In today’s throwaway culture, where affordability and trends often overshadow the environmental and social consequences, the fast fashion industry stands as a prime example of the hidden costs we pay for cheap clothing from companies like Zara, H&M and SHEIN. Coined by The New York Times in the 1990s, “fast fashion” describes the rapid production and delivery of clothing from design to stores. Yet, as we navigate through this culture of excess, it is crucial to recognize the impacts that echo far beyond overflowing landfills.

In this article, we’re going to look at some of the ways that fast fashion affects our world and how you can do your part to support the contrary “slow fashion” movement. 

The Environmental Toll: A Cycle of Waste

Fast fashion’s environmental impact is vast, with waste occurring at every stage of production. The industry’s relentless pursuit of low costs and quick trends contributes to overflowing landfills, excessive water use, chemical run-off, carbon emissions, and the proliferation of microplastics.

Water Use and Chemical Run-off: A Global Crisis

water use clothing industry

The fashion industry ranks as Earth’s second-largest water consumer, utilizing 93 billion cubic meters annually. The United Nations Environment Programme highlights the severe impact of wastewater and chemical run-off from textile factories, which contaminate water sources and surrounding soil. Dhaka, the world’s second-largest garment manufacturing hub, serves as a stark example of a city grappling with climate vulnerability due to fast fashion’s impact.

Carbon Emissions: Surpassing Aviation and Shipping

Responsible for 8-10% of global emissions, the fashion industry’s reliance on energy-intensive processes, particularly in the production of synthetic fibers, contributes to climate-altering carbon emissions. The global supply chain’s reliance on long-distance transportation adds further strain on the environment.

Microplastics: Synthetic Fibers in the Ocean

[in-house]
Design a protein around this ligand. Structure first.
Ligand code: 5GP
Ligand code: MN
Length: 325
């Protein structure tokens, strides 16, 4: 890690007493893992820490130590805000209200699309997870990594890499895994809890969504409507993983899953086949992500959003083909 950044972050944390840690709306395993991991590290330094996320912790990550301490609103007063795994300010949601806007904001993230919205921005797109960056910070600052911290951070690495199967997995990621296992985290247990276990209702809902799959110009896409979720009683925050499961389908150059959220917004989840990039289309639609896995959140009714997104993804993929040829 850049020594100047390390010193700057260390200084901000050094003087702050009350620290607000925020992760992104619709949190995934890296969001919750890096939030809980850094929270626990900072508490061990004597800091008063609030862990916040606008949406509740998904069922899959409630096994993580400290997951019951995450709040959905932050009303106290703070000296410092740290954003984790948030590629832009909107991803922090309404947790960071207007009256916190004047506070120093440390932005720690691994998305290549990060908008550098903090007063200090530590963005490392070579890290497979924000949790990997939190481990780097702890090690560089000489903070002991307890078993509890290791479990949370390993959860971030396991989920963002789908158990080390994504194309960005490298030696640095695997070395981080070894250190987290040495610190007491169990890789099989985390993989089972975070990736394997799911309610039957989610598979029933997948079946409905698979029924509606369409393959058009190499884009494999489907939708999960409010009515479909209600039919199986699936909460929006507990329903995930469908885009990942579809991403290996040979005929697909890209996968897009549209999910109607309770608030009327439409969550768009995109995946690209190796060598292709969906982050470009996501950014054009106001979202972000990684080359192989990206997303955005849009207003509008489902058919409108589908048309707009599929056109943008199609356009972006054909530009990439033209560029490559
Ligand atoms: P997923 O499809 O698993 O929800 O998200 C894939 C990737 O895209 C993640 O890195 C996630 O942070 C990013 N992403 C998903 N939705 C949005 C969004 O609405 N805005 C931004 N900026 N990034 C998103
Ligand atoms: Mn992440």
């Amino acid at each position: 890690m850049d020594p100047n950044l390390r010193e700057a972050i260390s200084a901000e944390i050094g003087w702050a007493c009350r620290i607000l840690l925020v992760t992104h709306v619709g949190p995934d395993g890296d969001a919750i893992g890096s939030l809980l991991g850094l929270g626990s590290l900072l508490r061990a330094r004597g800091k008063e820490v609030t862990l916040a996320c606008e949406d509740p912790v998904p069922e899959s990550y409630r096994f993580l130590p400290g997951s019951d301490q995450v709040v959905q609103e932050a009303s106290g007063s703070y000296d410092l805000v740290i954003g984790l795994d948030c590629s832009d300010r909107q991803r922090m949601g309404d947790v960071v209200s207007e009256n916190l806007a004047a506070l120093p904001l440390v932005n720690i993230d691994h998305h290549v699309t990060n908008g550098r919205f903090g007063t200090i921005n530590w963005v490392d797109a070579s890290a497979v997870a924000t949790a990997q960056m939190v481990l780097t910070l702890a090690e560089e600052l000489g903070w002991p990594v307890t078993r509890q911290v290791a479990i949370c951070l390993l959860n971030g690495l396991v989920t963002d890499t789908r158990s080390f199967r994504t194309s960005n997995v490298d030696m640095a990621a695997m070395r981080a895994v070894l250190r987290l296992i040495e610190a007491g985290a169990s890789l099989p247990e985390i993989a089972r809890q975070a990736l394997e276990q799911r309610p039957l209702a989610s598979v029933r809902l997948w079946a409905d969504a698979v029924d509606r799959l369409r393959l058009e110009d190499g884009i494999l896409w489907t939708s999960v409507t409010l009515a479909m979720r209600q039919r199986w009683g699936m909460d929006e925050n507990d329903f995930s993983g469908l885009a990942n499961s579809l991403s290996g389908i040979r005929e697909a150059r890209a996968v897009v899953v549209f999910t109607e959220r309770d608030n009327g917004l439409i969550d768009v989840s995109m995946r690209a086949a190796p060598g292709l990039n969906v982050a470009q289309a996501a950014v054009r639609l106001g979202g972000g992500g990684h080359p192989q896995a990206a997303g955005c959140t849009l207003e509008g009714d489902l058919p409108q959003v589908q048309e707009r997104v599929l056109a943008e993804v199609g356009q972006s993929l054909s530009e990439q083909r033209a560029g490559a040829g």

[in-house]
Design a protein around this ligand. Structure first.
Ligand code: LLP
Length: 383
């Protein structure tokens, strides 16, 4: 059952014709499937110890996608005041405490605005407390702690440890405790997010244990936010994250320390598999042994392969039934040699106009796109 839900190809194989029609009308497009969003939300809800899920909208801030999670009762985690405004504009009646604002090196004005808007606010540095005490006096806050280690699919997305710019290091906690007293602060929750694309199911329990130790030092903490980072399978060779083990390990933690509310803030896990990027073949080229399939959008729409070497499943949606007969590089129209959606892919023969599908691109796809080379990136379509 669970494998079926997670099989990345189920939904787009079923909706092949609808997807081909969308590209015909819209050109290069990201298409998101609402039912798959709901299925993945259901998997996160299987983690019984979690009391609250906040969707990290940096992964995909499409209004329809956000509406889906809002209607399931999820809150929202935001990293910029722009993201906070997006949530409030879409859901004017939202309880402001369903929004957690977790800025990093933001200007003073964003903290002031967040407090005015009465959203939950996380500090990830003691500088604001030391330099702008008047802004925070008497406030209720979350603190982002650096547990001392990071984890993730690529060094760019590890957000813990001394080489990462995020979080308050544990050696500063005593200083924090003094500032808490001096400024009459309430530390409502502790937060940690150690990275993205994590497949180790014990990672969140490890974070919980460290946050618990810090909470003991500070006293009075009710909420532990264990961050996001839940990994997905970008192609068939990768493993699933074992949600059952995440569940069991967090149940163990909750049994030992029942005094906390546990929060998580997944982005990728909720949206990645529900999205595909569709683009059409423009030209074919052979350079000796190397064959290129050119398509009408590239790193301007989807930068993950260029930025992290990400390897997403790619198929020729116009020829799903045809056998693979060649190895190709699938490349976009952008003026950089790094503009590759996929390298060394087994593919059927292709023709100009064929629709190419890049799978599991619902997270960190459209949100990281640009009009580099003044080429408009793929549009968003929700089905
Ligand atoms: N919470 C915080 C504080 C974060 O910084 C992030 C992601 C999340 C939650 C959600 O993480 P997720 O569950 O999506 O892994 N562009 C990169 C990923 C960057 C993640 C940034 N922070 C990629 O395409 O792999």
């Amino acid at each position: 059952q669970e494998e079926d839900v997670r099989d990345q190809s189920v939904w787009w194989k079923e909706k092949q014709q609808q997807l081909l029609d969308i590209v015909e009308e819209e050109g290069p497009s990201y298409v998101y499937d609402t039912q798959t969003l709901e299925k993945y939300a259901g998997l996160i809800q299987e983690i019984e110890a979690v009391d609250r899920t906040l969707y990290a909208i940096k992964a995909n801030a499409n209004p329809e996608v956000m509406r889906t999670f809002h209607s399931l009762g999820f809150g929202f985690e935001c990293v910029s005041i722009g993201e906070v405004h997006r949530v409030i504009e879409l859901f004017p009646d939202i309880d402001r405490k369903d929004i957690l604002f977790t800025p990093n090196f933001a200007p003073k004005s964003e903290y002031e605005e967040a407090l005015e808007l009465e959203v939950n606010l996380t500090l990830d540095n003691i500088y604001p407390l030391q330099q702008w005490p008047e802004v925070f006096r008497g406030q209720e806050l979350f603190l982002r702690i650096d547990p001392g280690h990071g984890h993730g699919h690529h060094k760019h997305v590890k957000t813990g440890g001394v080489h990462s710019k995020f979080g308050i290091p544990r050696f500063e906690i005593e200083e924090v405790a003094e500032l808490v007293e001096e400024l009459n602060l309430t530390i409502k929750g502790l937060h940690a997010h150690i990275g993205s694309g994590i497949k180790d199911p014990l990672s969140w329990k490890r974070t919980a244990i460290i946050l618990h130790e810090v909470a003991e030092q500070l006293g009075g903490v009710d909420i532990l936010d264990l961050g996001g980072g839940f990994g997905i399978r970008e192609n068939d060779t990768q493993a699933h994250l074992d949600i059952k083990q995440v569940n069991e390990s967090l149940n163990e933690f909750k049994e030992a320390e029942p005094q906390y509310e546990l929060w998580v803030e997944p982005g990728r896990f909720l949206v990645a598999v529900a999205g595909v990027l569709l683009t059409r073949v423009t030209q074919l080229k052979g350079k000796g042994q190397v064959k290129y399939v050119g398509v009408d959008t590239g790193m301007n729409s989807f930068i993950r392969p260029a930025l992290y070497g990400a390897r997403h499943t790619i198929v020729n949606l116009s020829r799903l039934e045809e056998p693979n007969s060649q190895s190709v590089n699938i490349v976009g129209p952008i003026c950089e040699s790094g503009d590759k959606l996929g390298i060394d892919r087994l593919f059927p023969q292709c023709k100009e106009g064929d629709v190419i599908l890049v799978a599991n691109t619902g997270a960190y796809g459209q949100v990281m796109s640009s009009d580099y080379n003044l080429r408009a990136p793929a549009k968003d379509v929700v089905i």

Synthetic, non-biodegradable fibers like nylon and polyester are pervasive in fast fashion. A study reveals that 35% of all microplastics in the ocean result from washing synthetic textiles. This poses threats to marine ecosystems, aquatic life, and human health.

Landfilling: A Destructive Cycle

Fast fashion’s affordability and rapid trend turnover create a buy-throw-away cycle, leading to enormous textile waste. Synthetic materials, constituting a significant portion of garments, contribute to almost 87% of total fiber input ending up in landfills. The industry’s lack of recycling and premature disposal costs a staggering $500 billion annually.

Ethical Considerations: Labor Exploitation and Human Rights

human rights fast fashion

Beyond environmental concerns, fast fashion raises ethical questions regarding labor practices, human rights, and social impacts. Exploitation of cheap labor, child labor, unsafe working conditions, and exposure to toxic chemicals are rampant issues, perpetuating a cycle of injustice.

Brand Offenders: Examining Shein and Others

SHEIN, a Chinese-based retail giant, epitomizes the environmental and human health impacts of fast fashion. With a valuation of $66 billion, it emits 6.3 billion kilograms of carbon dioxide annually. Shein’s use of plastic, synthetic fibers, and toxic dyes raises environmental and ethical concerns. Other notable offenders include Zara, H&M, Forever 21, Uniqlo, Mango, and ASOS.

Greenwashing: Deceptive Practices in Sustainability Claims

As the fashion industry responds to growing eco-consciousness, greenwashing becomes prevalent. Some brands make false or inaccurate claims to attract environmentally conscious consumers. Consumers must scrutinize vague claims, misleading imagery, token sustainable products, lack of transparency, and unsupported certifications to distinguish genuine sustainability efforts from deceptive practices.

Sustainable Alternatives: Curbing Consumption Without Sacrificing Values

Balancing affordability and sustainability need not be a sacrifice. Consumers can make intentional choices:

1. Buy Less, Choose Quality: Invest in high-quality, versatile clothing for longevity.

2. Shop Second-hand and Thrift: Extend the life of existing clothing and contribute to a circular economy. Or shop with Custom WearHouse, a marketplace for one-of-a-kind, sustainably made clothing from independent artists.

3. Host Clothing Swaps: Refresh your wardrobe sustainably by swapping items with others.

4. Repair and Upcycle: Learn basic sewing to repair damaged clothing or transform old items into new creations.

5. Take Care of Your Clothes: Proper care extends the lifespan of garments, reducing waste.

6. Build a Capsule Wardrobe: Opt for versatile, durable items that can be mixed and matched.

7. Rent or Borrow: For special occasions, opt for rentals or borrow from friends and family.

8. Embrace Slow Fashion: Support retailers aligned with environmental and social justice values.

By adopting these strategies, consumers can align their fashion choices with their values, contributing to a more sustainable and ethical future. Recognizing the true cost of fast fashion allows individuals to make informed decisions and become advocates for positive change.